4. Ear Biometrics- Ear biometrics uses the shape of the external ear as the identification feature. It measures the ear’s acoustic using special headphones and inaudible sound waves. A microphone inside each earphone measures sound waves as they reflect from the ear canal, bouncing in different directions of the ear canal’s distinct curves. A digital copy of the ear shape transforms into a biometric template for later use.
  5. DNA Biometrics- DNA is the genetic material of human beings which is one of the most unique features of every individual. It is usually found at the crime scene in the form of biological evidence. DNA can be extracted from the biological evidence and can be directed to the identification techniques which identify the variable number of tandem repeats (VNTRs) in the DNA strands and then match them with the stored databases. One of the famous databases for DNA biometrics is the FBI’s CODIS(Combined DNA Identification System), which identifies and stores DNA information in databases.
  6. Palm Biometrics- Palm biometrics uses the geometry of the palm for identification purposes. Similar to the fingers, the palms of every individual have patterned ridges and grooves which form the palm impression. The palm area is wider than the area of the fingers therefore the palm is expected to have more patterned features. In May 2013, the FBI launched a Palmprint database that assists crime investigators in positive identification of criminals.  

Behavioural Biometrics

The external environment has an important effect on human behavior. There are certain characteristics that human being adapts from their’ day-to-day social environment that defines the character of an individual.

These are the behavioral characteristics that make an individual different from others. Now it is possible to trace these behavioral traits and use them in biometric analysis. The following mentioned biometric systems use the various unique behavioral traits to identify and individualize an individual human being:

  1. Signature Biometrics- Signature biometrics identifies an individual on the basis of the handwriting pattern of a person. The signature contains unique biometric data, such as the writing rhythm, acceleration, and pressure. This system measures how a signature is created.
  2. Keystroke Biometrics- It is an evolving biometric system that uses the pattern of keystrokes produced by an individual human. It is believed that every person has a unique pattern of how they press the keys of a keyboard.
  3. Gait Pattern Biometrics Gait pattern is the pattern of walking of an individual human. Gait is a behavioral biometric and is influenced by a number of factors such as body weight, walking surface, footwear, nature of clothing, etc. It is one of the new biometric techniques introduced as identification procedures.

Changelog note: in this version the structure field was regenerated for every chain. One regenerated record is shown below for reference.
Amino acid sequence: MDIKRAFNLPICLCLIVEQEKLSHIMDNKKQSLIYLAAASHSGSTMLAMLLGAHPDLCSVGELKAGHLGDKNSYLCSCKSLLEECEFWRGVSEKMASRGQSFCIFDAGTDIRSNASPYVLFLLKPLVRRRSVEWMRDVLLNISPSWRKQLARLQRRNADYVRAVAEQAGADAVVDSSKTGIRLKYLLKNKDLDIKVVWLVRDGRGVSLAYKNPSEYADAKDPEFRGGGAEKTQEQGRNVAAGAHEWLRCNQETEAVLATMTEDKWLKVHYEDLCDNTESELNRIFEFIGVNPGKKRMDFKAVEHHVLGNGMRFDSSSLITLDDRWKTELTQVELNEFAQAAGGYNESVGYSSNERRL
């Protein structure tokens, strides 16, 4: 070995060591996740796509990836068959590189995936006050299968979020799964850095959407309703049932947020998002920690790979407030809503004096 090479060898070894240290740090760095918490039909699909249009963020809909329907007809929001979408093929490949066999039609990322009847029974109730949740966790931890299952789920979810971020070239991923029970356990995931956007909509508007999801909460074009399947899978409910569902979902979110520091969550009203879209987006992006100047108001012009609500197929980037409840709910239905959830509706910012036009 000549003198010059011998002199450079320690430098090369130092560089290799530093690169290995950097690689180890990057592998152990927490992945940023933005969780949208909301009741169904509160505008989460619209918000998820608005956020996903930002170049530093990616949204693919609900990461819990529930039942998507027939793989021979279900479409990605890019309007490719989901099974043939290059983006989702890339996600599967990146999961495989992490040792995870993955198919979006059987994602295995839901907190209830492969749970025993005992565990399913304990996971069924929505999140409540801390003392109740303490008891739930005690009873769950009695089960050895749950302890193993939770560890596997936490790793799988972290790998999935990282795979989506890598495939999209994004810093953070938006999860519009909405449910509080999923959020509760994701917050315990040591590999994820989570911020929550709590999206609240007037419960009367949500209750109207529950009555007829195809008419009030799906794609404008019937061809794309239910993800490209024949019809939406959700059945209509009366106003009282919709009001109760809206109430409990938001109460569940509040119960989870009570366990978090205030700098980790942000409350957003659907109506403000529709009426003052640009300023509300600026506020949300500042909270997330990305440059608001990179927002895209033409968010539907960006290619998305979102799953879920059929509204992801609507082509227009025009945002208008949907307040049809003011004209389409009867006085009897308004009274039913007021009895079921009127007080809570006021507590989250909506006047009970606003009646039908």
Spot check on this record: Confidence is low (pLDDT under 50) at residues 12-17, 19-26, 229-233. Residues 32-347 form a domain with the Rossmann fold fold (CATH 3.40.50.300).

4. Voice Biometrics- Voice biometrics, also known as speech recognition, is an automated system that uses the voice or speech of an individual for identification purposes. Voice is produced by the combination of movements of the vocal tract, nasal cavity, and mouth. The features of a voice include the tone, pitch, pace, accent, etc. which makes one’s speech unique. It is a biometric system that involves both the physical and behavioral characteristics of an individual.

Significance of Biometrics

Biometrics usually serves two services- Identification and Verification.

For the purpose of identification, the biometric system identifies the features and matches them with the templates stored in the database. This system conducts one too many comparisons. While in verification mode, the biometric system compares the biometric features of a person who claimed identity, with the templates stored in the database. Unlike the identification mode, it uses a one-to-one comparison. 

Since it is an automated system, it has a few limitations such as-  

  • FMR (False Match Rate) – Mistaking biometric measurement from two different persons to be from the same person.  
  • FNMR (False Non-Match Rate)– Mistaking two biometrics measurements from the same person to be from two different persons.


Biometrics is an automated identification and verification system. Accurate and reliable identification is an important issue in crime investigation. With the advancement of technology, biometrics is a boon in the field of crime detection.

The biometric system uses different types of unique physiological and behavioral features of an individual for the purpose of identification and verification. Various biometrics have been developed such as facial recognition, iris biometrics, ear biometrics, fingerprint biometrics, voice biometrics, etc. while a few biometrics such as gait biometrics, keystroke biometrics, odor biometrics, etc. are emerging biometrics.

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Frequently Asked Questions

1. What Are The Security Risks Associated With Biometrics?

The common potential risks associated with Biometrics are Data Breach, Identity Theft, and Privacy violations. Since it is unique to each individual and cannot be changed, they are vulnerable since they can be misused by the parties having their access. They are also vulnerable to spoofing attacks where a hacker can access sensitive data using a fake biometric sample.

2. Are Biometric Systems More Secure Than Traditional Methods?

With the constant advancements in society, new technologies are coming making it more useful and effective than before. Similarly, biometrics are of the modern era and traditional methods like passwords and PINs are going out of trend. Biometrics are also more secure and faster. This makes them an ideal method for security.

3. Costing of Implementing a Biometric System For Security?

Biometrics is surely an effective way to security and is essential and beneficial for a business. However, before implementing the same, cost should be considered. The cost of implementing a biometric system in a business includes the cost of hardware, software, installation and maintenance fees, training, and support.